DENOVOMUT: An integrated approach to understanding the impact of de novo mutations on the mammalian genome.
Project reference: 694212
Duration: From 2017-01-01 to 2021-12-31, Grant Agreement signed
Total cost: EUR 2 499 331
EU contribution: EUR 2 499 331
Objective: Understanding the process of spontaneous mutation is fundamental for understanding the genetic basis of quantitative variation, the threat posed by declining population size in conservation biology and the distribution of nucleotide variation in the genome. I will address these and other unanswered questions concerning the evolutionary impact of spontaneous mutation using the house mouse as a model system. With the first, highly replicated mutation accumulation (MA) experiment in any vertebrate, I will study the impact of mutation accumulation on fitness and other quantitative traits and on genomic variation. I will pay particular attention to the effects of mutations in the heterozygous state, since this is important for resolving two important questions: 1. The threat posed by deleterious mutation accumulation in humans, where natural selection has weakened in many populations, and in endangered species, where declining effective population size has made selection less effective, and 2. The extent by which new mutations sustain response to artificial selection. By characterizing many thousands of mutation events by genome sequencing of MA lines and wild mice, I will determine the molecular spectrum and the factors explaining mutation rate variation across the genome. I will exploit this new knowledge to address the long-unanswered question of the causes of correlations between nucleotide diversity and the recombination rate and the density of conserved genomic elements. I will develop new approaches, incorporating the simultaneous action of mutation, selection, drift and recombination, to determine the contributions of background selection and selective sweeps to variation in nucleotide diversity, and to quantify the contributions of coding and noncoding mutations to fitness variation. The project will lead to substantial advances in the understanding of the role of new mutations in explaining phenotypic and molecular diversity in mammals.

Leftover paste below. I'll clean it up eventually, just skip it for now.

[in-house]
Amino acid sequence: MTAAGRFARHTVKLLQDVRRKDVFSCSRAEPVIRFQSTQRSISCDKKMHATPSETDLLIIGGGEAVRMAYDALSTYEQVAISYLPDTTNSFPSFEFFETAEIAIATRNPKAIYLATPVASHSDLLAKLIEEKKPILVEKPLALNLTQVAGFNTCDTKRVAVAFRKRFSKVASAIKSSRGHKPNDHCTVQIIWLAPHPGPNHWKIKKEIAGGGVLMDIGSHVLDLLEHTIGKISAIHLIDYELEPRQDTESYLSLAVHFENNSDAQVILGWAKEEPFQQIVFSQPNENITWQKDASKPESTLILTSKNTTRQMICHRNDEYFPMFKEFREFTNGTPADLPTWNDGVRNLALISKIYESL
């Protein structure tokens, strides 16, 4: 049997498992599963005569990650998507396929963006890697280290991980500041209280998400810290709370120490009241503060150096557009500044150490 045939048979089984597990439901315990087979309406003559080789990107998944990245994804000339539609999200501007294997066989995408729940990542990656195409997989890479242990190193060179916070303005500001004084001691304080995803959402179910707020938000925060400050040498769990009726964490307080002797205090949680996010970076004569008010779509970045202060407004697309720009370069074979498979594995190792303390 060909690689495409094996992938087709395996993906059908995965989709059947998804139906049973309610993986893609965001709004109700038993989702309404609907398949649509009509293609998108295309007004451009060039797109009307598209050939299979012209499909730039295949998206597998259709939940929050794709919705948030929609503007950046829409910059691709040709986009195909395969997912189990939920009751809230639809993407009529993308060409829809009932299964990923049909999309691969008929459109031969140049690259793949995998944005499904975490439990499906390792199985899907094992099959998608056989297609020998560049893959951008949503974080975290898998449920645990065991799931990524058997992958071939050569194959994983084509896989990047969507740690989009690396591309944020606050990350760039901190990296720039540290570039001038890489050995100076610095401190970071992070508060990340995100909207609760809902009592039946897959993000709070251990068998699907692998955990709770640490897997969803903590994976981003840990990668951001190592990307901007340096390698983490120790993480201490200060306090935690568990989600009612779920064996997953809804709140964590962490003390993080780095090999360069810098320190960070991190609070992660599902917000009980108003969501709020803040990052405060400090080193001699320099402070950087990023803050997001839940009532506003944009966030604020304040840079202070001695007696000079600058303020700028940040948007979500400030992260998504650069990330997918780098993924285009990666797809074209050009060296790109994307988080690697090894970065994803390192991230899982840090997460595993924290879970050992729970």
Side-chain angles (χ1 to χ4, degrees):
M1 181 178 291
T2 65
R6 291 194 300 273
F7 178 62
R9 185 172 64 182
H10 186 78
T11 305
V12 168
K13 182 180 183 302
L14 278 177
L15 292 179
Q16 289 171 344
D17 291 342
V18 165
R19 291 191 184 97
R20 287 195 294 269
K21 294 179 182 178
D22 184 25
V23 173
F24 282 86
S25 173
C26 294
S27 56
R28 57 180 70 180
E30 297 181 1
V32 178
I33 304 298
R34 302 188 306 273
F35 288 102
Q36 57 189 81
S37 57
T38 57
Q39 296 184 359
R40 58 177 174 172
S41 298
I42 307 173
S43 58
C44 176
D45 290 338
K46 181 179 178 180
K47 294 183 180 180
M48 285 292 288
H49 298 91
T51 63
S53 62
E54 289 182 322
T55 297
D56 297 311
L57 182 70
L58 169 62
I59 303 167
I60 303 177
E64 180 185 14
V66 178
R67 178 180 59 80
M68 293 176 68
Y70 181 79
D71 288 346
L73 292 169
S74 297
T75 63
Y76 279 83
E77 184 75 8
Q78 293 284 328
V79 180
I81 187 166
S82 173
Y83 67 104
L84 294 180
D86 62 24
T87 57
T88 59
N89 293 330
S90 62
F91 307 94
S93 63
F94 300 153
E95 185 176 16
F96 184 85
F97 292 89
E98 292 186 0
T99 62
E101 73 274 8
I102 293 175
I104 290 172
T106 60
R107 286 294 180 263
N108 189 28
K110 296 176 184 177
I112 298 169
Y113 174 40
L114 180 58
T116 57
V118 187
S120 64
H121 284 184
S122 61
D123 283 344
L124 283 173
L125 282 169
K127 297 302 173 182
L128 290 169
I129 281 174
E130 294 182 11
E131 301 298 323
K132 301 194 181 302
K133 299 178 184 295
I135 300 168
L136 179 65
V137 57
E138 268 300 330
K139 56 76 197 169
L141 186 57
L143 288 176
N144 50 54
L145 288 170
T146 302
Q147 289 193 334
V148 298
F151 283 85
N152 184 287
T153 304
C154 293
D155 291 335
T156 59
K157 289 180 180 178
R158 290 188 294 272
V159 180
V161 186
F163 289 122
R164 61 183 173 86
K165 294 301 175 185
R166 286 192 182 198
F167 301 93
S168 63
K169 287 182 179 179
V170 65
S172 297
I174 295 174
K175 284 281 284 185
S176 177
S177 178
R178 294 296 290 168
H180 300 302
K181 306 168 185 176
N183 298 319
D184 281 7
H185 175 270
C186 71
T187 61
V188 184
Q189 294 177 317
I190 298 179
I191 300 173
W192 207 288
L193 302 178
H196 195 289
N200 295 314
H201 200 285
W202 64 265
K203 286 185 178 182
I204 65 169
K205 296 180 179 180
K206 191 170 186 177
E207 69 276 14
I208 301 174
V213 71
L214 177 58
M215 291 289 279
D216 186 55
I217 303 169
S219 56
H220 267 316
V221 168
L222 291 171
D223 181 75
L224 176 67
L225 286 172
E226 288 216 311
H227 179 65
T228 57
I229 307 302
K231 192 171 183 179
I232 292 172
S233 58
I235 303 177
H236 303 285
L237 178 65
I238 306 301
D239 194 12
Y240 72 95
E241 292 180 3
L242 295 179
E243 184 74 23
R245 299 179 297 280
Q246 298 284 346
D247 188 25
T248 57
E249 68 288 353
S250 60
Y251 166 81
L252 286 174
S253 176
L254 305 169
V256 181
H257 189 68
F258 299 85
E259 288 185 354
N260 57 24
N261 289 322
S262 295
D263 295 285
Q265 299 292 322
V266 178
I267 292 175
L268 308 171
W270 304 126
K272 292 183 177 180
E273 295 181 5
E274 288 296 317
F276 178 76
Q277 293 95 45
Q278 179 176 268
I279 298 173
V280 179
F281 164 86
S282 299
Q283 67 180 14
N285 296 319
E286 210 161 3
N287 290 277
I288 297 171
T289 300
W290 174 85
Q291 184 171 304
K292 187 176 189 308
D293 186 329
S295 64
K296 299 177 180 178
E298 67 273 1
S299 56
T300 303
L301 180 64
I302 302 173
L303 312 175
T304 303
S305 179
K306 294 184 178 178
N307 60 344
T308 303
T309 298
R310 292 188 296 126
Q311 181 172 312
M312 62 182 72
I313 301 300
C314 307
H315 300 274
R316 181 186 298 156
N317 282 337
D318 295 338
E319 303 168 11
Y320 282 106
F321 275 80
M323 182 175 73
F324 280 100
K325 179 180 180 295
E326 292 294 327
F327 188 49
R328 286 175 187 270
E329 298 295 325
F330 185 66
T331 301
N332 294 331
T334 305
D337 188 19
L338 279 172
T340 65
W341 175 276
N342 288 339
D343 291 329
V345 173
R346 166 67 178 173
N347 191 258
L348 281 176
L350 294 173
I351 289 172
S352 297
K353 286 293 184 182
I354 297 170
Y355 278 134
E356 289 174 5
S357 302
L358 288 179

Project completion date : 2021-12-31 12:00:00
Major organization : THE UNIVERSITY OF EDINBURGH
Address : OLD COLLEGE, SOUTH BRIDGE
EH8 9YL EDINBURGH
Country :United Kingdom
Url : www.ed.ac.uk/
Financier : EUROPEAN UNION (EU),
Financier address : European Union (EU)
Rue de la Loi 200/Wetstraat 200,
Tel: 32-2-2999696, 2993085
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|Date:||Jun 4, 2016|
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